Where I travel, there are bears and other 4 legged creatures that love to get into everything. Trash must be made inaccessible to them and kept away from camp! Learn more: Leave No Trace

Smokers: If you smoke, please do not litter your butts! They're unsightly, can kill fish and animals, and do not degrade for hundreds of years. 
Use an enclosed ashtray to ensure a fire doesn't start when you're done; I prefer the Stinky brand portable metal ashtray.

Human waste

This section is dependent on where your camp is and/if there are any rules or regulations pertaining to the disposal of human waste. If you are staying in a developed campground, this section doesn't apply to you. For those that plan on staying elsewhere (like a dispersed campground), read along!

Never relieve yourself in or near waterways, near camp, and be sure to bury #2 at least 6 inches under ground! If you're camping in an area where it can't be buried, PACK IT OUT - Do not leave it exposed! The US Forest Service (as well as the National Park service amongst others) recommend only burying feces, not toilet paper or feminine hygiene products; those should be placed in a plastic bag and disposed of in a trash can.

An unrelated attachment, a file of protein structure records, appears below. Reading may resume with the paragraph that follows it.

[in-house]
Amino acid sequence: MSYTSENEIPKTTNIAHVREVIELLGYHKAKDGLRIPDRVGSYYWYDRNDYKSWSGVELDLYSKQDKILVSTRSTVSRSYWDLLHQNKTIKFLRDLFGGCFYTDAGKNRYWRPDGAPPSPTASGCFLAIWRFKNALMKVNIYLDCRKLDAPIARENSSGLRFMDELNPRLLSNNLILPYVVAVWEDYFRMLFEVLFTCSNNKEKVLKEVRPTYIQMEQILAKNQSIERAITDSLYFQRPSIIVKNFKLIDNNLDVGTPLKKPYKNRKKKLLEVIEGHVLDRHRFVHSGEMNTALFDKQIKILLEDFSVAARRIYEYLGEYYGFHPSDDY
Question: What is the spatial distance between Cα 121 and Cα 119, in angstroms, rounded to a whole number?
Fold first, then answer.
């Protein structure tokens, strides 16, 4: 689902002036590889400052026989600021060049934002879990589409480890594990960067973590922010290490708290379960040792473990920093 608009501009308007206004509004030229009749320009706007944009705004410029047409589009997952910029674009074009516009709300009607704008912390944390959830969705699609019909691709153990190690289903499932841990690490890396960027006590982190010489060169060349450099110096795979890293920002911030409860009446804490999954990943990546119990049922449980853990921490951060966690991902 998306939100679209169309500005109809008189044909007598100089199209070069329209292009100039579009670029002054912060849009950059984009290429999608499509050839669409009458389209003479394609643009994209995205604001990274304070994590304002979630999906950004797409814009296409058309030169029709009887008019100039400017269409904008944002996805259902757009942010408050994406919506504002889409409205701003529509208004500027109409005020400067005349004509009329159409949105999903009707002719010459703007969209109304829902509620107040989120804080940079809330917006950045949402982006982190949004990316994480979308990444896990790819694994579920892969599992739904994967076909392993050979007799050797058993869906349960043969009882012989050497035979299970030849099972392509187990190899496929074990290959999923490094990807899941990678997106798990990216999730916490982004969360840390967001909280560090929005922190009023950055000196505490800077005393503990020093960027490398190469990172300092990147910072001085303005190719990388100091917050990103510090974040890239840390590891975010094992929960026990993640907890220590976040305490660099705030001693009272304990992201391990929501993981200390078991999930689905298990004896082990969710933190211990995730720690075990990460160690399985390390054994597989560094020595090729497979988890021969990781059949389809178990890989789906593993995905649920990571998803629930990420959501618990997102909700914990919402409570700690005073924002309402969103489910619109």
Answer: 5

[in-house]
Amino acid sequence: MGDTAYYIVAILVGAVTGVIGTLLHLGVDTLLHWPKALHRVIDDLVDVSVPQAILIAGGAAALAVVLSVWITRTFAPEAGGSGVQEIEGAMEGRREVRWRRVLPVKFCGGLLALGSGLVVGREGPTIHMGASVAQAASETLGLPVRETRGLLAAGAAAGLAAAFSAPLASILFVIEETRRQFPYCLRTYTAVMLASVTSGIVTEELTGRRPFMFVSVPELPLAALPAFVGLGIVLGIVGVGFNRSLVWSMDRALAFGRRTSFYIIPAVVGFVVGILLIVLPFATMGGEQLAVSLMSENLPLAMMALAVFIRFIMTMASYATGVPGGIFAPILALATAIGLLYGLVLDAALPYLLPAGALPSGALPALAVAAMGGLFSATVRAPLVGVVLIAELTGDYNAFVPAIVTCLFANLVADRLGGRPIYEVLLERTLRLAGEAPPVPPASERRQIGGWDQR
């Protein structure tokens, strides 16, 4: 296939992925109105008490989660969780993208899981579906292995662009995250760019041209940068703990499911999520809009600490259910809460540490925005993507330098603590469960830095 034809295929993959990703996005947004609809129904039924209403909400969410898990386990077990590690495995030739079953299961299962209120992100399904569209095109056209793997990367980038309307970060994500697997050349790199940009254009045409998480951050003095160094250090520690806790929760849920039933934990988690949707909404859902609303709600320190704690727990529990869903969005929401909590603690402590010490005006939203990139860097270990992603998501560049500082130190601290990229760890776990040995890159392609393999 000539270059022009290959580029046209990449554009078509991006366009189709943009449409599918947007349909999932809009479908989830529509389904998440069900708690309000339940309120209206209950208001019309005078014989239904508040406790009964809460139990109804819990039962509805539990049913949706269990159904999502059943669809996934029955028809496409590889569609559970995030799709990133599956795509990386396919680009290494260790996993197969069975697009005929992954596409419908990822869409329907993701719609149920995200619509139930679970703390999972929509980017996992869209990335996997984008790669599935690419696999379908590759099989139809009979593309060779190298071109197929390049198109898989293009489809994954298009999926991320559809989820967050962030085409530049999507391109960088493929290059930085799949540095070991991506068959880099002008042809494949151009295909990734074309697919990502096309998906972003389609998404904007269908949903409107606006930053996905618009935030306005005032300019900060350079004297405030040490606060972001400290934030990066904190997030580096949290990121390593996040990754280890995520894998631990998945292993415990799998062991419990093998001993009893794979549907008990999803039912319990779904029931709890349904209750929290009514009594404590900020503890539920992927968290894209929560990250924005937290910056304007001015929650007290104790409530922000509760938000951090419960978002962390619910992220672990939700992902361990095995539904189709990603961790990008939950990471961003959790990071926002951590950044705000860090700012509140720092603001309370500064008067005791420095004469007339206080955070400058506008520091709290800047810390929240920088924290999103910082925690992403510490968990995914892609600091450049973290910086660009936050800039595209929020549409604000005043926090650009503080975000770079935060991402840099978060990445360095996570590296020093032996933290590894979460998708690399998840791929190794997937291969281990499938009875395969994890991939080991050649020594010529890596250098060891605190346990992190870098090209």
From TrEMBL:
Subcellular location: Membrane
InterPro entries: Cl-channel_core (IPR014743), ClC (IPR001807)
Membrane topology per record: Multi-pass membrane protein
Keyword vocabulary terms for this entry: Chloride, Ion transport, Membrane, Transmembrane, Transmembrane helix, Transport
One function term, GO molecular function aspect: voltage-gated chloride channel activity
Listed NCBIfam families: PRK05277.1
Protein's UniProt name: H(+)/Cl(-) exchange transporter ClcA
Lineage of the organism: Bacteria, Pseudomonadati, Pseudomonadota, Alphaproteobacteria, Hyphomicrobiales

Urine is usually considered sterile and can usually be left on the ground away from trails, waterways, and camp. Learn more at: National Park Service


First, learn how to properly place, create, and destroy a campfire. Obtain the proper permits and be certain that your location for a campfire is legal and safe. Do not place non-combustible items in a fire; cans, bottles, and plastics should NEVER BE PLACED IN A FIRE! More at: Smokey Bear